My next setting is 50% power, 500 lumens. That's good for riding on dark country roads. The Dinotte has a wider than usual beam, and if I light up the road far ahead with 1000 lumens, the nearest parts of the beam are a bit too bright. I kick it up to 1000 on downhills.

    It's interesting that dave14423 uses high power in the country, and lower in the city, just the opposite of me. Beam width and throw is maybe the difference. My wide beam can be aimed downward and it lights up the width of the road, instead of making a small ultra bright spot.
    Last edited by rm -rf; 06-26-2013 at 05:49 AM.

  10. #10
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    Make sure you have side on visibility, I don't think there is anything that is too bright, I have a magicshine at the front and dinotte at the back, but side on? that is where it falls apart.

  11. #11
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    got some directional light, for example philips saferide. It's a pain in the ass cycling towards some one that thinks half the light should go into the eyes of oncoming traffic.
    Blows your hair back.

  12. #12
    Burnum Upus Quadricepus
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    I'm with rm -rf. (I shudder just typing that name.)

    I live and work in the city. I bike commute exclusively--it'll be seven years without fail in the middle of next month. With my schedule, headlight season lasts from mid-August to early-May. I'm currently enjoying the seasonal respite.

    I my preferred setup is a pair of 900 or 1100 lumen MagicShines with the aftermarket wide-angle lens (sold at Action-LED-Lights.com).

    Having started out with cheap-o blinkies, I moved up to 200 lumen lights, a Schmidt eDelux dynamo headlight (about 250 lumens spread in a sharp cutoff, German light pattern), and then the 900 lumen MS lights. What happened is that each time I moved up, I experienced fewer and fewer cars crossing or pulling out in front of me.

    While they could see me just fine with the cheap-o blinkies and 200 lumen lights, they wrote me off as just a guy on a bike, and pulled out anyway. Now, they confuse me with actual traffic and treat me as such.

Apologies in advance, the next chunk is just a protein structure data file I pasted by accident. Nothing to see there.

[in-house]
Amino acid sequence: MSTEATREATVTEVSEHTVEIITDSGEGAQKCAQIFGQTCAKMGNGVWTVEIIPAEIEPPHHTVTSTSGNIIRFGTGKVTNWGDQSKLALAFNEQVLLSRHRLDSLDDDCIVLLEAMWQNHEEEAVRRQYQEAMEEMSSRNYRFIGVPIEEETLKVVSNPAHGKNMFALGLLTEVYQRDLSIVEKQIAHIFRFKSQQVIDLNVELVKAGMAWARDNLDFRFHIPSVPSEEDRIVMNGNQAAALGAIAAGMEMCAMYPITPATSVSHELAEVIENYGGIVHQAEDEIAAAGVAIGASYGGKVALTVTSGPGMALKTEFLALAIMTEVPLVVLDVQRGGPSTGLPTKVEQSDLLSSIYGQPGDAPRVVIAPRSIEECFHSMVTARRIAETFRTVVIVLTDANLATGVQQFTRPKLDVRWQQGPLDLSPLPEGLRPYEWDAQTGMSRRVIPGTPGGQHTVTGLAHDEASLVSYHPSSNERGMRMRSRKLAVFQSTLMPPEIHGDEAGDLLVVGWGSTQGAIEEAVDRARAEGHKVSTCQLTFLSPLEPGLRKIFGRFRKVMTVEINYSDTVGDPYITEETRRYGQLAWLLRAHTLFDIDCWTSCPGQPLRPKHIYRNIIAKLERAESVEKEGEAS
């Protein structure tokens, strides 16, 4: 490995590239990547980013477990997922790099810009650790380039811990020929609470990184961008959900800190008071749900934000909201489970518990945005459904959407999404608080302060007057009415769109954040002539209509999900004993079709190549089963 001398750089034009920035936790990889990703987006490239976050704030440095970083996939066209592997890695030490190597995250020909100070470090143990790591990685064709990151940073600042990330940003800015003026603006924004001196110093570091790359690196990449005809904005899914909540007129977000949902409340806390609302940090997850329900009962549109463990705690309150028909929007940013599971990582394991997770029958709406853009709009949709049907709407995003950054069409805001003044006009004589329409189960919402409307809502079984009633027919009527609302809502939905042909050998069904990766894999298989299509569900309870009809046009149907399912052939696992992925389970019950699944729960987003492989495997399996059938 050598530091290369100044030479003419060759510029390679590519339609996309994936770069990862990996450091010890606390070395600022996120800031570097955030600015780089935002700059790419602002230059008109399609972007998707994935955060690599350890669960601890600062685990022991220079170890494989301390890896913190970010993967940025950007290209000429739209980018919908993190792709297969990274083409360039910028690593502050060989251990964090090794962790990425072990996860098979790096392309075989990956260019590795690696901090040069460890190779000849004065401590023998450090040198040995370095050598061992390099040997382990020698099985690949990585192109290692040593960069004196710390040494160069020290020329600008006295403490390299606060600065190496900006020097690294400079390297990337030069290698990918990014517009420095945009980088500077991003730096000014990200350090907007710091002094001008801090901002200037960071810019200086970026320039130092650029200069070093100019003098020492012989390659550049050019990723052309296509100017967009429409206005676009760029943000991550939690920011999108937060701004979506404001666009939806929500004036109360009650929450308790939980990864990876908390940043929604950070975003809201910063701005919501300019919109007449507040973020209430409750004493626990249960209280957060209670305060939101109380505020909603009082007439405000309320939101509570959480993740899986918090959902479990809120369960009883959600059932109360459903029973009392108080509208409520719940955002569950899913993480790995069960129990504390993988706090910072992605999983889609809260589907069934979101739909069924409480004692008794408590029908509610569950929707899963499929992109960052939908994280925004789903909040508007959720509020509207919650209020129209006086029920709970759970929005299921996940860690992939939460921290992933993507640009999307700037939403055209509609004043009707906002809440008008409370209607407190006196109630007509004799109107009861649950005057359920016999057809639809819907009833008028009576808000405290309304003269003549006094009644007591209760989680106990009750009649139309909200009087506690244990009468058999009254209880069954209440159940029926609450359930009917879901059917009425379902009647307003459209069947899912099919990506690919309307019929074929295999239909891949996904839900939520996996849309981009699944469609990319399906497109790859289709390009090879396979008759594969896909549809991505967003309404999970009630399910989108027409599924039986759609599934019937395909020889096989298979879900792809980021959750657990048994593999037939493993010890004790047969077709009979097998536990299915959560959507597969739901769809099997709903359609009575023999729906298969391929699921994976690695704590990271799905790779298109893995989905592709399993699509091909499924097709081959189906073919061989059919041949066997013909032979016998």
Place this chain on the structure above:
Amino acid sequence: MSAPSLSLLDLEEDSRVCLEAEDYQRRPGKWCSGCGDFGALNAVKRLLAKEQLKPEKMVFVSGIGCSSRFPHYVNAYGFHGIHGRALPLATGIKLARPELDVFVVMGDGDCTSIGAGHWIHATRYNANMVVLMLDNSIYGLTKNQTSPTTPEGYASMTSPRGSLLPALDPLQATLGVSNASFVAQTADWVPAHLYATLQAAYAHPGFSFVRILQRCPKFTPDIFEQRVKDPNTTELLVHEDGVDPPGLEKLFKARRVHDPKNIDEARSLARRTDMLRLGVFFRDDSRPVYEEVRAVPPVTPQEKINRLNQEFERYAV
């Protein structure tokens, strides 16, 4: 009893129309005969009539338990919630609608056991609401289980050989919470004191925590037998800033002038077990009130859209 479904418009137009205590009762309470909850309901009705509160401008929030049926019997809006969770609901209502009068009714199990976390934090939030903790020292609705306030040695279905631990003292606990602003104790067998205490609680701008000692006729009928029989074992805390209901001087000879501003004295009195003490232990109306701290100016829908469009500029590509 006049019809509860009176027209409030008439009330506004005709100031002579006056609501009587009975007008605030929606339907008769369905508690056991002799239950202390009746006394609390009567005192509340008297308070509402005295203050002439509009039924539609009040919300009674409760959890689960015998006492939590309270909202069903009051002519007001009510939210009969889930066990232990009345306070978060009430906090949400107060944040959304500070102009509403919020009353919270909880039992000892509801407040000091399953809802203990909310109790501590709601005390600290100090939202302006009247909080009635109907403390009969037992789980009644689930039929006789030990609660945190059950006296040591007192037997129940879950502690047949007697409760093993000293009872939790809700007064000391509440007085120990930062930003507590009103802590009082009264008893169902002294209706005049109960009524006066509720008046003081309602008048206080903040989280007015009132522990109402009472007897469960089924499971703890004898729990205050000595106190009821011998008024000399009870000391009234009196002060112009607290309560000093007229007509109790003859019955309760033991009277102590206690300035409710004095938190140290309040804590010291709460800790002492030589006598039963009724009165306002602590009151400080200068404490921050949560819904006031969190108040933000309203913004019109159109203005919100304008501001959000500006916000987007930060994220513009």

Near as I can figure, at lower light levels either my lights looked too much like stationary background lights, or they couldn't judge my distance or speed, or they just plain decided that bikes don't move fast enough so they had plenty of time.

    I still see it happen to other riders, particularly those with only a blinkie. Cars slow, stop, say "it's just a bike" and pull out anyway. I'll come along and they'll wait.

    In the city, well, in my city anyway, the best strategy seems to be put out enough light that you're indistinguishable from cars, motorcycles, and other traffic.

    As for the blinding drivers argument, in the city, I've never been flashed. Once out on an unlit suburban road, but never in the city.

  13. #13
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    Quote Originally Posted by rm -rf View Post
    It's interesting that dave14423 uses high power in the country, and lower in the city, just the opposite of me. Beam width and throw is maybe the difference. My wide beam can be aimed downward and it lights up the width of the road, instead of making a small ultra bright spot.
    I find that my light (and I forget what it is at the moment - bought on ebay from New Zealand) seems to have the same beam pattern at either low or high setting, but the high setting throws the beam farther. It might be 1800 lumens, not 1500.

    It also has a flash mode that has literally stopped traffic. I tend t use that on our group rides at night, and I've never had a car pull out of a side street yet, because they have no idea what's coming down the road. Actually, as a group we probably look like a UFO coming down the road.

  14. #14
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    I'm running the CygoLite ExpiliOn 700 USB as well, nicely packaged, good lighting options. A good light will definitely get you some respect and will light up the road for you. You don't want to blind the oncoming cars and have them fixate on you, point them in the right direction.

  15. #15
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    The blink mode on my Cygolite 300 is way too bright for me. The reflections off the signs is enough to induce a seizure! But remember, Im in an unlit semi-rural area.

  16. #16
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    I use a helmet mounted NiteRider 650 (650 lumens) and a bar mounted Bontrager Ion 2.

    The bar mount is my "be seen" light and gets set to flash.

    The helmet light the the "to see" light. I usually set it to medium (400 lumens). I find this is good for both rural (unlit) and semi-rural (lit) roads. Occasionally I'll use the high setting on unlit roads. Generally, I think it's a stupid-bright light.

  17. #17